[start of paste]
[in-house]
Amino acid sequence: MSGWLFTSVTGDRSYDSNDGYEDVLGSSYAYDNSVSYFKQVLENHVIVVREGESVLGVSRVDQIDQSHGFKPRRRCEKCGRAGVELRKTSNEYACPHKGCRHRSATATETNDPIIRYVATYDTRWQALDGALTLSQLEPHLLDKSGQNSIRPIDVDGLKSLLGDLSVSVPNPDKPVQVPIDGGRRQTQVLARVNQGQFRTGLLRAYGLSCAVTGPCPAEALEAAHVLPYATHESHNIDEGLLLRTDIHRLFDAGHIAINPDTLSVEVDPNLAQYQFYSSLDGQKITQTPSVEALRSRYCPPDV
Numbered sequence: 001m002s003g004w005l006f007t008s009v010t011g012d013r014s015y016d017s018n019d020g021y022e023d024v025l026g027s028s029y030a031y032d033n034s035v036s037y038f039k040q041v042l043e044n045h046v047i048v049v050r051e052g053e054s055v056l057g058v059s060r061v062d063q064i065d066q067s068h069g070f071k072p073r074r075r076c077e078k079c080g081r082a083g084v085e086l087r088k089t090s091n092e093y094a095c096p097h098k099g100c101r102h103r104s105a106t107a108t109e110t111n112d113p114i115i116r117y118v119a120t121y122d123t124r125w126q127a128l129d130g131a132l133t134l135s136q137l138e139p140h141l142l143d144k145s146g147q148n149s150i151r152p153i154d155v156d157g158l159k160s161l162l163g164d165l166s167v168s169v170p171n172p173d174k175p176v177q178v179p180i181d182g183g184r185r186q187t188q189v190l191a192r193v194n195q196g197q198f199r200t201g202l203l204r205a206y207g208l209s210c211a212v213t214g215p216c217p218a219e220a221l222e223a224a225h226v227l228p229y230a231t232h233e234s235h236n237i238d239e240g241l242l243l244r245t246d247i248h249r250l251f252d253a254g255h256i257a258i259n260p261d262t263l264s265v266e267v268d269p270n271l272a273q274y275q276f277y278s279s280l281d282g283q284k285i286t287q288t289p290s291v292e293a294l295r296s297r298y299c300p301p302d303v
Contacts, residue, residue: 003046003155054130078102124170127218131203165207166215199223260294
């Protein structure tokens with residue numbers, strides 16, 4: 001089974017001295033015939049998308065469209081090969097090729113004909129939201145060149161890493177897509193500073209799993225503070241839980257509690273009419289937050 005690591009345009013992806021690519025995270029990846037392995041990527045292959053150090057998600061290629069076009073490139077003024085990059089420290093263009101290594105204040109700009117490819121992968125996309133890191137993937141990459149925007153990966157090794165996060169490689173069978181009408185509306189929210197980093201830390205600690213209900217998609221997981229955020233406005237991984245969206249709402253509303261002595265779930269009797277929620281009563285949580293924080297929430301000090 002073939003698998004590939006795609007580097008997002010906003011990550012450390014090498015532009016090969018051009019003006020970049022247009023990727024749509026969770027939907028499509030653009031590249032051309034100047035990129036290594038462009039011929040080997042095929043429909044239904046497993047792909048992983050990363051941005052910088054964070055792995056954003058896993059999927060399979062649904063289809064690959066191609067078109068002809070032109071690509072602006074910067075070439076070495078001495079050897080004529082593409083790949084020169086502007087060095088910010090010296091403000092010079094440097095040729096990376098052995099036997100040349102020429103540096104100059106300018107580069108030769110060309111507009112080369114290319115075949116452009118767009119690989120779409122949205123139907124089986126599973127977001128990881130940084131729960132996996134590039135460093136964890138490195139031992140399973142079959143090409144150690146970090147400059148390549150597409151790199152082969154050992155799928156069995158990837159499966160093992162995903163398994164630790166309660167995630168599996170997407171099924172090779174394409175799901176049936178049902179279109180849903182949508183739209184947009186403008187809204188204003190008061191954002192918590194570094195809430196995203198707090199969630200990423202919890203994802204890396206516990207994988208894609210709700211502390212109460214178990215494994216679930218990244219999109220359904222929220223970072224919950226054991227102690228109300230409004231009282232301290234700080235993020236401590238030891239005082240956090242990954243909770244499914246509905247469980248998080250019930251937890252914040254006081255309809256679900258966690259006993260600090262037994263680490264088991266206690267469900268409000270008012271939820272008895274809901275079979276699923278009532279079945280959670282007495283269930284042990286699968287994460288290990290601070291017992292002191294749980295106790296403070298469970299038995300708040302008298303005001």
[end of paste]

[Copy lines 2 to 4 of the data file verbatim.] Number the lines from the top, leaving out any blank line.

Amino acid sequence: MSGWLFTSVTGDRSYDSNDGYEDVLGSSYAYDNSVSYFKQVLENHVIVVREGESVLGVSRVDQIDQSHGFKPRRRCEKCGRAGVELRKTSNEYACPHKGCRHRSATATETNDPIIRYVATYDTRWQALDGALTLSQLEPHLLDKSGQNSIRPIDVDGLKSLLGDLSVSVPNPDKPVQVPIDGGRRQTQVLARVNQGQFRTGLLRAYGLSCAVTGPCPAEALEAAHVLPYATHESHNIDEGLLLRTDIHRLFDAGHIAINPDTLSVEVDPNLAQYQFYSSLDGQKITQTPSVEALRSRYCPPDV
Numbered sequence: 001m002s003g004w005l006f007t008s009v010t011g012d013r014s015y016d017s018n019d020g021y022e023d024v025l026g027s028s029y030a031y032d033n034s035v036s037y038f039k040q041v042l043e044n045h046v047i048v049v050r051e052g053e054s055v056l057g058v059s060r061v062d063q064i065d066q067s068h069g070f071k072p073r074r075r076c077e078k079c080g081r082a083g084v085e086l087r088k089t090s091n092e093y094a095c096p097h098k099g100c101r102h103r104s105a106t107a108t109e110t111n112d113p114i115i116r117y118v119a120t121y122d123t124r125w126q127a128l129d130g131a132l133t134l135s136q137l138e139p140h141l142l143d144k145s146g147q148n149s150i151r152p153i154d155v156d157g158l159k160s161l162l163g164d165l166s167v168s169v170p171n172p173d174k175p176v177q178v179p180i181d182g183g184r185r186q187t188q189v190l191a192r193v194n195q196g197q198f199r200t201g202l203l204r205a206y207g208l209s210c211a212v213t214g215p216c217p218a219e220a221l222e223a224a225h226v227l228p229y230a231t232h233e234s235h236n237i238d239e240g241l242l243l244r245t246d247i248h249r250l251f252d253a254g255h256i257a258i259n260p261d262t263l264s265v266e267v268d269p270n271l272a273q274y275q276f277y278s279s280l281d282g283q284k285i286t287q288t289p290s291v292e293a294l295r296s297r298y299c300p301p302d303v
Contacts, residue, residue: 003046003155054130078102124170127218131203165207166215199223260294